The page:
By increasing oxidant stress10 and providing iron for microorganisms, high levels of body iron may predispose to infections in adults,12 ,13 increase mortality in kwashiorkor,10 ,14 and theoretically increase the risk of asthma.15 Parenteral iron supplementation may increase the risk of sepsis,16 malaria,17 and respiratory infections18 in infants; and oral iron supplementation has been associated with growth retardation19 and changes in gastrointestinal flora in children,20 and an increased incidence of malaria12 and amoebiasis21 in adults. There is also a prevalent view in the United States that infants fed iron-fortified formulas may develop gastrointestinal problems and this belief has encouraged the continued use and manufacture of low iron formulas11 (recently discussed by Ryan22). However, the potential adverse effects of iron-fortified formulas consumed by infants in industrialized countries have not been adequately investigated.
Data suggesting a lack of adverse health outcomes with iron-fortified formulas have been based on epidemiologic studies,23 ,24randomized trials of insufficient power to detect infrequent adverse clinical events,25–31 or studies in developing countries27 ,32 where a greater prevalence and severity of iron deficiency may reduce potential adverse effects of iron supplementation. Many studies have targeted nutritionally vulnerable populations23 ,27 ,29 31–33 and the risks of iron supplementation for the majority of infants who are iron replete are uncertain. Furthermore, few studies have focused on follow-on formulas that are marketed in Europe and a number of countries for consumption by infants over 6 months old31 ,33 ,34 and may have higher iron concentrations (eg, 12 mg/L) than formulas used for younger children (eg, 6.5 mg/L).31 Therefore, we tested the hypothesis that the incidence of infections (principal outcome), gastrointestinal symptoms, and risk of asthma was greater in infants randomized to high iron-fortified formula (12 mg/L iron), than those randomized to an otherwise identical but low iron formula (.9 mg/L) or to pasteurized whole cow's milk. Randomization of infants to cow's milk was ethical because nutritional intervention was confined to infants already on cow's milk and at the time of the study the UK Department of Health accepted the use of cow's milk in infants over 6 months old.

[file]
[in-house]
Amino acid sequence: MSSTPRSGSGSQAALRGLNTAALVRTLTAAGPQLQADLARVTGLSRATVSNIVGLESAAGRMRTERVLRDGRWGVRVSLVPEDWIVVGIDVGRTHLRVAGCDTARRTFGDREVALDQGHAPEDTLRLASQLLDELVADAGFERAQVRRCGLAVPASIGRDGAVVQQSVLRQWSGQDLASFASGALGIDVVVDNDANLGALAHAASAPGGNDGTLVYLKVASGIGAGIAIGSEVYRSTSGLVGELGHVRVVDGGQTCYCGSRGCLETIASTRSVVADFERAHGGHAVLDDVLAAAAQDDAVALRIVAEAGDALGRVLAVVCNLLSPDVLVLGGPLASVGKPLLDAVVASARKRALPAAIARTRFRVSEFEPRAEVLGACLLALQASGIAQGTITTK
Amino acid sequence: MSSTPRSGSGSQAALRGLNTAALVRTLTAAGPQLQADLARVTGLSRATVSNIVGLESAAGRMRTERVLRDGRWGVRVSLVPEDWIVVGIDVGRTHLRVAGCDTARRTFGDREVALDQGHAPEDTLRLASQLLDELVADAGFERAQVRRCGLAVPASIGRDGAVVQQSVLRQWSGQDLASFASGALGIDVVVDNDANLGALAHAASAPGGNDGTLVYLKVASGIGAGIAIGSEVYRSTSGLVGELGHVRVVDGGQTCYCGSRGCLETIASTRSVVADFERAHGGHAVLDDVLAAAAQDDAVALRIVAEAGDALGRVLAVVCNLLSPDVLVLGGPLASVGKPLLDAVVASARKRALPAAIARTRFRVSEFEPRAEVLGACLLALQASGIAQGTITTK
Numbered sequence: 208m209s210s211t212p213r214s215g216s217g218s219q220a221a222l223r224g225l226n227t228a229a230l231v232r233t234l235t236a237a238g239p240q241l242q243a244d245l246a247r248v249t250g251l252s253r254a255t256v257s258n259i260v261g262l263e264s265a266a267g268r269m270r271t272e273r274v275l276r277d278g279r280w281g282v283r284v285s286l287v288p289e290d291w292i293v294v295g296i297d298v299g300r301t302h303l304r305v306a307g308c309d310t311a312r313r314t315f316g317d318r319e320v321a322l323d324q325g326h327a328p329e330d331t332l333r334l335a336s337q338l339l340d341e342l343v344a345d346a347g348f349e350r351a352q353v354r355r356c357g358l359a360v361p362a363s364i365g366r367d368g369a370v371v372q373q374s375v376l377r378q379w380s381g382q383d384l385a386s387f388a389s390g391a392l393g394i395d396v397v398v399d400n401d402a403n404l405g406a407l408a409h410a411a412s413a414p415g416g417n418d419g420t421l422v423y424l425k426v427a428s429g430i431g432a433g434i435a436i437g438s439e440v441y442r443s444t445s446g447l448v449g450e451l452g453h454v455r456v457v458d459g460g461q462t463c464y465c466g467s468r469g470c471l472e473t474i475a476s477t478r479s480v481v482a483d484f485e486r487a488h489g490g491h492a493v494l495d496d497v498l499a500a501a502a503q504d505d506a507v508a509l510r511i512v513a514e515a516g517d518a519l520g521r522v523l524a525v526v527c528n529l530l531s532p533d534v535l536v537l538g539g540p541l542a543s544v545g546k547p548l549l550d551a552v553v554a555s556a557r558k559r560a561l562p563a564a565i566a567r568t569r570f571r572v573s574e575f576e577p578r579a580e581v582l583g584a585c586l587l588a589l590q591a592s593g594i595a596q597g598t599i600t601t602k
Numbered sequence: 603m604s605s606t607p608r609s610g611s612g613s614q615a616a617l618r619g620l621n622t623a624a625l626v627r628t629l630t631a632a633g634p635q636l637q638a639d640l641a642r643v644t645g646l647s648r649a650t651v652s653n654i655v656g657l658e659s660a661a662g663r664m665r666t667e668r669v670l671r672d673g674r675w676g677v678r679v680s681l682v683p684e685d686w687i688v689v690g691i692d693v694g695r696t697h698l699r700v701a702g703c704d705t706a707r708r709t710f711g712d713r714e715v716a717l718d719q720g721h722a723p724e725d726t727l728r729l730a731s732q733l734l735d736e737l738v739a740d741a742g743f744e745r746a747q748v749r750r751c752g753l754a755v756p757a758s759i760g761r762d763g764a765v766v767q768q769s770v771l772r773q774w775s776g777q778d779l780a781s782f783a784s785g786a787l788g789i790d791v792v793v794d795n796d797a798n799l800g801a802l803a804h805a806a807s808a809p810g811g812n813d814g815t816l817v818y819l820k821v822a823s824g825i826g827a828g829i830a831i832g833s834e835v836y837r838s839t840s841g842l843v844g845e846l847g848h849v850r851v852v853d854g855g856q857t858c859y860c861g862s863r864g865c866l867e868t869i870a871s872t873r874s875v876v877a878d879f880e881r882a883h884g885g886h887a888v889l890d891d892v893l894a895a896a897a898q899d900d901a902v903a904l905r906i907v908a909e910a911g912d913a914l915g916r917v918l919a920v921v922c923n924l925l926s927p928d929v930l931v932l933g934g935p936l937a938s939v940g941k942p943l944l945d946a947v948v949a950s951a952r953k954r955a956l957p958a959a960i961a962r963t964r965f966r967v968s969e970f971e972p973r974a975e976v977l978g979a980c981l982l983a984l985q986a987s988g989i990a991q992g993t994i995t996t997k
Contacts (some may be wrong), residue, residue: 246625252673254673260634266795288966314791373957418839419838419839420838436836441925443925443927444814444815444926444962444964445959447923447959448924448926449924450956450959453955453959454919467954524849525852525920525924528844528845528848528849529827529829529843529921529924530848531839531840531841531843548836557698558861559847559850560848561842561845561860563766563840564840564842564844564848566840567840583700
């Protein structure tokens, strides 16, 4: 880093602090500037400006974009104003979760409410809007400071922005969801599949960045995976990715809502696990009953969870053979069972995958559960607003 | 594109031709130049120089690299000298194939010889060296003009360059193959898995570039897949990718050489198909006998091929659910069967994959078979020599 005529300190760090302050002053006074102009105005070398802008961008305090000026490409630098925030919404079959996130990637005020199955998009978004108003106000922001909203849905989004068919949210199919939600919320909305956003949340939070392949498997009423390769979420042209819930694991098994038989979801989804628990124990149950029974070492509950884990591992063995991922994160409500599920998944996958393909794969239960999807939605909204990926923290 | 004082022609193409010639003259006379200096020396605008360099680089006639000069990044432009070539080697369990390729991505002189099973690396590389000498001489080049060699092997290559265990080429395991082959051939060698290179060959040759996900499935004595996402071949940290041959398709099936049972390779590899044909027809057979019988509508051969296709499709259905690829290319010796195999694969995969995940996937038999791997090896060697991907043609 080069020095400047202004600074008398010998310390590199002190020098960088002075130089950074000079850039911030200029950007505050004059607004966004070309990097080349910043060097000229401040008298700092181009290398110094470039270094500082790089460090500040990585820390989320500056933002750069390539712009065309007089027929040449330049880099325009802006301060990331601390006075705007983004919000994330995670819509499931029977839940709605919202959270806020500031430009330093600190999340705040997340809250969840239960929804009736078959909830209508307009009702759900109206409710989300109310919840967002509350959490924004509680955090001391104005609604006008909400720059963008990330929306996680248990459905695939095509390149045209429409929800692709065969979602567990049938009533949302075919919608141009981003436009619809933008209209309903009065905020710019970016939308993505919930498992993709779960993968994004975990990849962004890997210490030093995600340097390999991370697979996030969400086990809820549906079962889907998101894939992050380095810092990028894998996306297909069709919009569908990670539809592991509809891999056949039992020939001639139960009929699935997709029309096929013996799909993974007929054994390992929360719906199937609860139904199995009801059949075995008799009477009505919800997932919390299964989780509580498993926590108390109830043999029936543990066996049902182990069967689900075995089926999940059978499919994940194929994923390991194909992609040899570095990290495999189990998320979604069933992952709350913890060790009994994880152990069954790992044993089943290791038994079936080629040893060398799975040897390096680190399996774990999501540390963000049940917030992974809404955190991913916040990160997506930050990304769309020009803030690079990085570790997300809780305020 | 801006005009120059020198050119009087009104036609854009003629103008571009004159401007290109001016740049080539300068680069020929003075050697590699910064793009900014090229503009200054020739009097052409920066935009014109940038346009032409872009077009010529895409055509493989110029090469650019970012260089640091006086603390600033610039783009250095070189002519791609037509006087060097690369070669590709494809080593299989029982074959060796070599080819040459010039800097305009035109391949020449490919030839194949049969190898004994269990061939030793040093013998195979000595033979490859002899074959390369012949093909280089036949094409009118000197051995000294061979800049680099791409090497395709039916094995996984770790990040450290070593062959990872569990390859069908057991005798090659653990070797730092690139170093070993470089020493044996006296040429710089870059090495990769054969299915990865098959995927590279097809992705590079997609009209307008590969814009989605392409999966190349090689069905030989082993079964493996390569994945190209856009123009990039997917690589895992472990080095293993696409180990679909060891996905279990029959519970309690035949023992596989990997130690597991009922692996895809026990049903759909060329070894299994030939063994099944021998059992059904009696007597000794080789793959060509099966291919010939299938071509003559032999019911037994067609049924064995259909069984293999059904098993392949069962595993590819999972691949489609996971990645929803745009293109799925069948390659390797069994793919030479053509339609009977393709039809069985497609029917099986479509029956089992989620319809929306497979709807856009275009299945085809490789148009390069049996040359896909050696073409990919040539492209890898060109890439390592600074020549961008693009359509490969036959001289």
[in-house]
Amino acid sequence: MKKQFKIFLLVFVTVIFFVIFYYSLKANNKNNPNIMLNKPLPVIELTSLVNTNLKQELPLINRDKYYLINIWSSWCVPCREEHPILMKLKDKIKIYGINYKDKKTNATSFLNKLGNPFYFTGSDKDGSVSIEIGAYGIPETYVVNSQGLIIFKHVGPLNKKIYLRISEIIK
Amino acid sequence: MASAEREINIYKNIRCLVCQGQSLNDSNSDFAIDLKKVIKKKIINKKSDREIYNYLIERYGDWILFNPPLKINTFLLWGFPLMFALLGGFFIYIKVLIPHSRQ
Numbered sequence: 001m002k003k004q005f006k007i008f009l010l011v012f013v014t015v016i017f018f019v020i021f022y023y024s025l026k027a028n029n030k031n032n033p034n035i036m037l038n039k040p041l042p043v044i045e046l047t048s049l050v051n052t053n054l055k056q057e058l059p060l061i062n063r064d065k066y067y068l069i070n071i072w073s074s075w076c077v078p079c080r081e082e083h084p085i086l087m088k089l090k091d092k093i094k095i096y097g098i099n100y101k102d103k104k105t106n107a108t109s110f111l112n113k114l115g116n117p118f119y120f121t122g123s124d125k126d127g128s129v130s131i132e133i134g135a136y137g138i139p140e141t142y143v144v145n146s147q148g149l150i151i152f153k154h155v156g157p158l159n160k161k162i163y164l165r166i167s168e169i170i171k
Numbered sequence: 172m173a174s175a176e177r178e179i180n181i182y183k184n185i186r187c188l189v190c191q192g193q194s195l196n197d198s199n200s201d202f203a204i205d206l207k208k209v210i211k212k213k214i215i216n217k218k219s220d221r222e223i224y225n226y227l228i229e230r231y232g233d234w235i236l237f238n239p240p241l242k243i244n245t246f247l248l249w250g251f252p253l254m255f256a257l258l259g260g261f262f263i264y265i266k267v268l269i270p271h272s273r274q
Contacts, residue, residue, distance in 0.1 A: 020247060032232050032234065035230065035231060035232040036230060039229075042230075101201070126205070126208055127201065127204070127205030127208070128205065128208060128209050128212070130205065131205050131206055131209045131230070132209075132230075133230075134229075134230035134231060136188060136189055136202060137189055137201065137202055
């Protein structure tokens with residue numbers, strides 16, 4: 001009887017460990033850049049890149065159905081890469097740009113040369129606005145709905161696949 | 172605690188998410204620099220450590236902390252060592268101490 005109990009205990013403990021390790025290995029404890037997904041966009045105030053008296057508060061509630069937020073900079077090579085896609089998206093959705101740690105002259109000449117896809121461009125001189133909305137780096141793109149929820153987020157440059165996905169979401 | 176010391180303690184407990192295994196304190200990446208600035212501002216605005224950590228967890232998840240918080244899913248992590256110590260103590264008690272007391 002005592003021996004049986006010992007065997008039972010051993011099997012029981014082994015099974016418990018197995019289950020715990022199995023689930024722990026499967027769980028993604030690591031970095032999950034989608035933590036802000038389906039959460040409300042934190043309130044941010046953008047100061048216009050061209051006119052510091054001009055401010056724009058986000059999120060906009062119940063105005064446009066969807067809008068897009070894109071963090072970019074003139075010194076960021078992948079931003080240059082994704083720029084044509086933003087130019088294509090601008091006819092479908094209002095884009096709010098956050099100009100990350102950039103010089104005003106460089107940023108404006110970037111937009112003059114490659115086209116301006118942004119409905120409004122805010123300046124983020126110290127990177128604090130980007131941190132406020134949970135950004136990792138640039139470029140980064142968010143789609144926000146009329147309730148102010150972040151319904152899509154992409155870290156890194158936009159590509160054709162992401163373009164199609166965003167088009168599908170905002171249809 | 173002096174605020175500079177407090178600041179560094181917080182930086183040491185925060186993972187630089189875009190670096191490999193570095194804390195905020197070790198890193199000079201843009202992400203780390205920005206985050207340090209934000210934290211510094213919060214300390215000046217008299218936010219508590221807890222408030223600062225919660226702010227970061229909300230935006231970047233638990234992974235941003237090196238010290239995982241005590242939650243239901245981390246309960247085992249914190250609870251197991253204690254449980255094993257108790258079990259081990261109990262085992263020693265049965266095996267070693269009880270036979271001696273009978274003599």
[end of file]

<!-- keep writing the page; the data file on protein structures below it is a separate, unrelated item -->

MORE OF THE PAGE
Letters were sent to the parents of potential subjects approaching 9 months old identified from birth registers at the 3 collaborating centers in the United Kingdom (Leicester, Nottingham, and Norwich). If mothers reported that their infant was receiving only cow's milk and no formula, they were sent a second letter with information about the trial. Mothers agreeing to participate were visited at home by a trained research nurse who obtained informed, written consent. The study was approved by the human research ethics committee at each of the collaborating centers.